This Is How Las Vegas Looked In The 50s
It's hard to imagine Las Vegas without the tall and flashy buildings, but once upon a time, this city had a much humbler landscape. What it always had, though, was a lot of color, posters, signs and a fun spirit.
Even though many people associate Las Vegas as a city with no real culture it has been the main stage for many iconic artists and it still is. In fact, it was the place where Elvis played more times during his career.
Can you imagine a small hotel in Las Vegas as the only place to stay? Back in the fifties, there were no huge hotels with built-in casinos to stay but little inns and humble hotel rooms instead.
This picture is probably as the fifties as it gets and I can't get enough of it: everything from the hairstyles to the uniforms it's the most vintage you could get.
Las Vegas is one of the all time favorite spots to go on a road trip to because a side from all the nightlife experience, it has some of the most beautiful routes to get there.
Regardless of the decade, Las Vegas has always been a city of fun and decadence, and the night landscape filled with bright neon lights is a sample of it. Even when they are out, it looks amazing.
Even though many people think that Las Vegas is a romantic getaway, it's actually a great destination to spend time with friends, no matter how old or young you are.
Las Vegas is one of the all-time favorite spots to go on a road trip to because aside from all the nightlife experience, it has some of the most beautiful routes to get there.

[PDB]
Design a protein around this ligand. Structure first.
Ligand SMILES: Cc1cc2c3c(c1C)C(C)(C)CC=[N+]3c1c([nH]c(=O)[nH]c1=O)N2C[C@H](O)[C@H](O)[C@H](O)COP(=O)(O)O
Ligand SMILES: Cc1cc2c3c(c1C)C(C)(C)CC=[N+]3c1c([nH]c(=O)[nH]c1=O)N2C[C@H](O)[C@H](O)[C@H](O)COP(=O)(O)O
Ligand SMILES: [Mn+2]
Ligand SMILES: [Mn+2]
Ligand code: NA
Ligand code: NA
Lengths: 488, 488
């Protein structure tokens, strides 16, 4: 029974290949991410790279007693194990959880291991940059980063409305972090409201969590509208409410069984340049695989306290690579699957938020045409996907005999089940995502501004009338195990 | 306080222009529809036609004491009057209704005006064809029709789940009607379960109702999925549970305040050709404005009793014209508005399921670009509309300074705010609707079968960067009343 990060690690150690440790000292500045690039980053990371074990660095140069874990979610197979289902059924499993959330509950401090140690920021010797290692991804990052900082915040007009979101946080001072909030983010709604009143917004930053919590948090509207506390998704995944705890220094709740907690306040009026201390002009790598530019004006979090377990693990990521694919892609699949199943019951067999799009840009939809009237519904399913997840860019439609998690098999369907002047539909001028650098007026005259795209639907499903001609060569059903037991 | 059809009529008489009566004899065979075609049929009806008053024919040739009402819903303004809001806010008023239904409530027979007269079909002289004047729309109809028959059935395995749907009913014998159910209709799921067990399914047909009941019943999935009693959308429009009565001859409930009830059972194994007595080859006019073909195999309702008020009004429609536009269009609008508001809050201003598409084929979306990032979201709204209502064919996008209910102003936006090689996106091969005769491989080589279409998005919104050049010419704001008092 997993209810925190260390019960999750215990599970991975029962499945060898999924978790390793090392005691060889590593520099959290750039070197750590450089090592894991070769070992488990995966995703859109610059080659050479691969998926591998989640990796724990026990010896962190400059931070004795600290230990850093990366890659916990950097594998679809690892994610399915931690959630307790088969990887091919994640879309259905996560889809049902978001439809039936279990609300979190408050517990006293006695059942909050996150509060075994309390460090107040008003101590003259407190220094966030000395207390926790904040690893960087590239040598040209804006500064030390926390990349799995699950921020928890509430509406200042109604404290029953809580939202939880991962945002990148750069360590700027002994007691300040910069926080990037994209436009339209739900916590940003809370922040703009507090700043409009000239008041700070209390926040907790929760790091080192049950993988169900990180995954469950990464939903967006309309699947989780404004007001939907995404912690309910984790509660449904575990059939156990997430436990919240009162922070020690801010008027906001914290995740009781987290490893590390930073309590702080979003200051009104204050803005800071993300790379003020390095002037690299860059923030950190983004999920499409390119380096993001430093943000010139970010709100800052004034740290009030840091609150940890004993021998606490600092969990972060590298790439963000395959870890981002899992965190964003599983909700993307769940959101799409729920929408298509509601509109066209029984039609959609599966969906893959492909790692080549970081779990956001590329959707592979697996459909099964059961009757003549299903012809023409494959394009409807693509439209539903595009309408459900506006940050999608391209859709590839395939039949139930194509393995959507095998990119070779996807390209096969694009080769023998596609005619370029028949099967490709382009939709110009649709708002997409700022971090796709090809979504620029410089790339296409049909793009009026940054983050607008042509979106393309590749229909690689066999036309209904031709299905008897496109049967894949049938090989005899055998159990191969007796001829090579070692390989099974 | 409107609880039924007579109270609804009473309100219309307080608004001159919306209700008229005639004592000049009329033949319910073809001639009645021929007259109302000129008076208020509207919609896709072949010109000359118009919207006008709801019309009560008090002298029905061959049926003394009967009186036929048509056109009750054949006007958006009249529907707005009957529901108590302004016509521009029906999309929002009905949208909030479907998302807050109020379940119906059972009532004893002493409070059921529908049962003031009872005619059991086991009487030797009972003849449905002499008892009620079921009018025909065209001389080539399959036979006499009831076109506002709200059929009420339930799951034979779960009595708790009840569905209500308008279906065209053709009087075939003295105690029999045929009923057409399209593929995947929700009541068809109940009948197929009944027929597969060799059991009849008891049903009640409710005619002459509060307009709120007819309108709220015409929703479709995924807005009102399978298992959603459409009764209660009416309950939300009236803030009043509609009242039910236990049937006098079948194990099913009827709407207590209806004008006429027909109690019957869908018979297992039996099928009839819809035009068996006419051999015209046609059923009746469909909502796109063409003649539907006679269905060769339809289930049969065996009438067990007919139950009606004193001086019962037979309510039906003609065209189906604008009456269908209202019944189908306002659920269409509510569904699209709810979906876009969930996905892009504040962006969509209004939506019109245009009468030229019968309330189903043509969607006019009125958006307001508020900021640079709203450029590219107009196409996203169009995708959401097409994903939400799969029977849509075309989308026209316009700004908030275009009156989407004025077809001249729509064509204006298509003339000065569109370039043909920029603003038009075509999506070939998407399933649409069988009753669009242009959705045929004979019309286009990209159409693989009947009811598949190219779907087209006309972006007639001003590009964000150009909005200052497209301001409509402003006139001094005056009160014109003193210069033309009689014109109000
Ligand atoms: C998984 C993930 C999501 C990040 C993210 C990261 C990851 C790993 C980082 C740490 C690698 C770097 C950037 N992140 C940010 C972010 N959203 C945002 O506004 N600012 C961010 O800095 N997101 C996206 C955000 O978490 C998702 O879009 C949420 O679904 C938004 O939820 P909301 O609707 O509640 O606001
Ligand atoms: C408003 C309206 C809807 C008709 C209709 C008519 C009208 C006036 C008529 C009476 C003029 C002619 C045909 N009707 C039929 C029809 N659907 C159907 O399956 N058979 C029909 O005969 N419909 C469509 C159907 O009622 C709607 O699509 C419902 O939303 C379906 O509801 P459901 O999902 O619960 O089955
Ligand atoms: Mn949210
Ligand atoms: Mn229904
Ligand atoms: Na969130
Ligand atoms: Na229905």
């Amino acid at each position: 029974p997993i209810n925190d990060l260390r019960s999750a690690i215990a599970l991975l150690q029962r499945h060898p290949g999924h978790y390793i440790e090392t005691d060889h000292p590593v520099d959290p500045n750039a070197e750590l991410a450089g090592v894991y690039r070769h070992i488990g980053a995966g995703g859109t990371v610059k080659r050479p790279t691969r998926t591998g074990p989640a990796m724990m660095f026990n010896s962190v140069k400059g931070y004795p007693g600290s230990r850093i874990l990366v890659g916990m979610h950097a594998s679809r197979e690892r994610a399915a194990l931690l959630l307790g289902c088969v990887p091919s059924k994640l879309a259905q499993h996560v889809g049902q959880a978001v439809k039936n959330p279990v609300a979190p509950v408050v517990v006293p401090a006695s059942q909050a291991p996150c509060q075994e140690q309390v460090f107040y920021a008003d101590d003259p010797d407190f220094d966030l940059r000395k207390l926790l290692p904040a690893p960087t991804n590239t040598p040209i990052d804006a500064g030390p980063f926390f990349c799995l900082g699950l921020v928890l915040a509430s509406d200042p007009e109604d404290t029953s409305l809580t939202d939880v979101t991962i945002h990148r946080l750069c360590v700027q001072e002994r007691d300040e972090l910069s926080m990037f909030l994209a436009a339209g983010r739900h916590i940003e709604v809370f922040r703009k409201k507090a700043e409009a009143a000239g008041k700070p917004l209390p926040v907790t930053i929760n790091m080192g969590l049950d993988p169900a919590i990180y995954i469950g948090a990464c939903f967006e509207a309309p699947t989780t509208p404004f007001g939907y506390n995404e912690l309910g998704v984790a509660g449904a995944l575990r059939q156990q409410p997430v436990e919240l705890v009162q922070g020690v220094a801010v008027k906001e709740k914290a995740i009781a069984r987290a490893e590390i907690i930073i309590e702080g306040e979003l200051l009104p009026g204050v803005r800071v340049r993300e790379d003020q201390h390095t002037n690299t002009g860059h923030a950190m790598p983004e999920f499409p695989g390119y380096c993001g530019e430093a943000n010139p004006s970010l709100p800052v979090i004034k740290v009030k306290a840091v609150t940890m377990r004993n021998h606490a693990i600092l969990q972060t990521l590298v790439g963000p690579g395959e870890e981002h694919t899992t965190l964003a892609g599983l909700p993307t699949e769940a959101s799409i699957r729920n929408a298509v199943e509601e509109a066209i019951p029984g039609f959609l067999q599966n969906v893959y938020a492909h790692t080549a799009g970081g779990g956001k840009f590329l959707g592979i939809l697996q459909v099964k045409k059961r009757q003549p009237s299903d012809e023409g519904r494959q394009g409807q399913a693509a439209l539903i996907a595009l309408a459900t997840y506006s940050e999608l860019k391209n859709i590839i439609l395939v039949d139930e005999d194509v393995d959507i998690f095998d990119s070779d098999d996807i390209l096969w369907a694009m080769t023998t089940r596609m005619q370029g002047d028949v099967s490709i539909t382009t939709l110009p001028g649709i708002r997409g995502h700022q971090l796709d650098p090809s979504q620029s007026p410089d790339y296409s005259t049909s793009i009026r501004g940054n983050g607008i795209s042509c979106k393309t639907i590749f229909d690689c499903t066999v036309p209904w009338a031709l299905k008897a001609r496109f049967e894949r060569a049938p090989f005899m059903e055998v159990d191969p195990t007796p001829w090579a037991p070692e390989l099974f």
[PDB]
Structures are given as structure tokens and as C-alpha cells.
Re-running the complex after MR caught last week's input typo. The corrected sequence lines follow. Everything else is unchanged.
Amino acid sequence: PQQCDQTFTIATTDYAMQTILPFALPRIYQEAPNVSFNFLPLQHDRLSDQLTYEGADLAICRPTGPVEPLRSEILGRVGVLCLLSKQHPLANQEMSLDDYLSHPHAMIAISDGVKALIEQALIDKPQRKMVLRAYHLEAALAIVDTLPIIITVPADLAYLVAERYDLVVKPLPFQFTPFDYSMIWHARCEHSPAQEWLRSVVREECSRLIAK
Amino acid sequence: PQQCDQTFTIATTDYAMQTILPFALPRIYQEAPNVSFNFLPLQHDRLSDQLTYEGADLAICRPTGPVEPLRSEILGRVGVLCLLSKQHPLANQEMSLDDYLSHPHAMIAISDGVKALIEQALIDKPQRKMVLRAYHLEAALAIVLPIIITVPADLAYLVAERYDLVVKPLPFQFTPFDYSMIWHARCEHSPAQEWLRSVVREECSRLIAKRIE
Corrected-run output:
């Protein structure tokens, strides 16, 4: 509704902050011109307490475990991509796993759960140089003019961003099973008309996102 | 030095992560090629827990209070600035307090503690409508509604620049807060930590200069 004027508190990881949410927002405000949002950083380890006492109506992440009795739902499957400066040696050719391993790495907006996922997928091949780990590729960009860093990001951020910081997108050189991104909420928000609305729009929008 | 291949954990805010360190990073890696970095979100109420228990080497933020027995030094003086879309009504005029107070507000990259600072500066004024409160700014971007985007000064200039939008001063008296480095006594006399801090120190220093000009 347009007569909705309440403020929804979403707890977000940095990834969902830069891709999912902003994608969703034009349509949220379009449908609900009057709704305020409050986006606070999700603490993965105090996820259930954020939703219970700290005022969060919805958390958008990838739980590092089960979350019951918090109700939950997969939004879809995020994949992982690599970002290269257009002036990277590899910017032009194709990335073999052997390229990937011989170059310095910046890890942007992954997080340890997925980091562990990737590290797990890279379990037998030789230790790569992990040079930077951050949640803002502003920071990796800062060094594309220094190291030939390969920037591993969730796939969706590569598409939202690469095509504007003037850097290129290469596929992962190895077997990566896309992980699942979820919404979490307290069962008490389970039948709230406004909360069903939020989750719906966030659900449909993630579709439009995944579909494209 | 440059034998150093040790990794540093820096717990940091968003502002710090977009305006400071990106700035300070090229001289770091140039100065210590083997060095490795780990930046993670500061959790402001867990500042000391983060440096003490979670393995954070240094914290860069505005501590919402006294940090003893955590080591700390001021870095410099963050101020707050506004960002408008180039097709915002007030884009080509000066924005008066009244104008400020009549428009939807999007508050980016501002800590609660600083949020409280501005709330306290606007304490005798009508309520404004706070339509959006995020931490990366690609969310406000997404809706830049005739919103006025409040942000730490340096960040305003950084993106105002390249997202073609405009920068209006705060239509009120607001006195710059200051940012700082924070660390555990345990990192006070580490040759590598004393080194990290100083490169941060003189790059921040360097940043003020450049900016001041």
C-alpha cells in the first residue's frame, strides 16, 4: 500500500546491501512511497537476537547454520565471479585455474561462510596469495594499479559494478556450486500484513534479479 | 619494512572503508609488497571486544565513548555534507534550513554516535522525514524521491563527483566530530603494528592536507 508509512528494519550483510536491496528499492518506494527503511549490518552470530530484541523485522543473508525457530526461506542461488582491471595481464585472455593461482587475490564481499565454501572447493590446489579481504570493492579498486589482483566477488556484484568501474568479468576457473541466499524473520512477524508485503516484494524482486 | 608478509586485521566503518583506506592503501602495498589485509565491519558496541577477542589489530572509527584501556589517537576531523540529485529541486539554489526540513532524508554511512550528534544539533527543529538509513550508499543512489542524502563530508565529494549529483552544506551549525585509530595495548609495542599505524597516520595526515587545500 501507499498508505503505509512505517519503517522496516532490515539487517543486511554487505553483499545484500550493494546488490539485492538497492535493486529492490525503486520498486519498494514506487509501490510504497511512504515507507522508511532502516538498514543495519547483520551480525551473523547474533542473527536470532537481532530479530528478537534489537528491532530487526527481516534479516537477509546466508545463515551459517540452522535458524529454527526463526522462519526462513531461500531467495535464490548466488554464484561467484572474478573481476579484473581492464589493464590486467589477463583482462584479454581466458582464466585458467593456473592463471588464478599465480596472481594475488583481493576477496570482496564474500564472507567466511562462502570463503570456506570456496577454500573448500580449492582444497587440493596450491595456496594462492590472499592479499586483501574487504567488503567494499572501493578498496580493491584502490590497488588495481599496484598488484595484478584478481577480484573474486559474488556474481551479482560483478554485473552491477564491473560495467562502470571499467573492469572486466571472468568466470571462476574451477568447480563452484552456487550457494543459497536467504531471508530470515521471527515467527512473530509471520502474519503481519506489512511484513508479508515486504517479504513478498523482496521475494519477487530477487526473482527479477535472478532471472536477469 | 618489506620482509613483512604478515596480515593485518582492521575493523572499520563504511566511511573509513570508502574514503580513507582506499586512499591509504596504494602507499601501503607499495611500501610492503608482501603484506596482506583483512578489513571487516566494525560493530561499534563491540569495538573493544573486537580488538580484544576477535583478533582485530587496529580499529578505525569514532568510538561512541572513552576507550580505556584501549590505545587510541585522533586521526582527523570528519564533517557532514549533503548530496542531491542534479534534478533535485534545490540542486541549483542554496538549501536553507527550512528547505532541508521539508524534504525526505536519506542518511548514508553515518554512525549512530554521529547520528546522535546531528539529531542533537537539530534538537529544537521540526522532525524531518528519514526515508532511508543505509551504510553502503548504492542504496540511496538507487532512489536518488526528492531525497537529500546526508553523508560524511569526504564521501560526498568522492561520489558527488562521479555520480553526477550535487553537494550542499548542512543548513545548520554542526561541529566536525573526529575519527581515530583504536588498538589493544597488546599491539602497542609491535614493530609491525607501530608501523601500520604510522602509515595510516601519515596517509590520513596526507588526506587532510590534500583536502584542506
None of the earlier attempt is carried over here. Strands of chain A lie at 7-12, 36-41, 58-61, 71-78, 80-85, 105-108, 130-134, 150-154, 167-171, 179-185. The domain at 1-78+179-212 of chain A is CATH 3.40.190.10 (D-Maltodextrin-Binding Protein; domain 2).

Fancy cars in the fifties were quite different from what we would consider a high-end vehicle nowadays, but they still seem so classy and nice, don't you think?
You don't really need to be a big spender to enjoy some gambling in Vegas, in fact at least back then you could start off with as much as a penny.
A fun fact about Las Vegas that will clear the air on how flashy the city actually is: Las Vegas strip can be seen from outer space and it's the brightest spot on Earth
Even though most people consider Las Vegas to be a sinful and free spirited place, prostitution is not and never was legal, so sex workers have to work illegally. Gambling, on the other hand, is.
If you have any doubts on how severe the gambling addiction can get, here is a fact: many years ago nurses and doctors from The Vegas hospital were fired for betting over patients.
Fancy cars in the fifties were quite different from what we would consider a high-end nice vehicle nowadays, but they still seem so classy and nice, don't you think?
You might think that Las Vegas and Hawaii have absolutely nothing in common, but it's known as locals as the ninth Hawaiian island due to the huge amount of Hawaiian people living there.
Even though only fifteen percent of Las Vegas tourists visit the city with the intention of gambling, an outstanding seventy percent end up doing it while they are there.
Casino's staffs were all men until the Silver slipper hired women and the rest of the places ended up following them. Can you imagine Vegas with no women?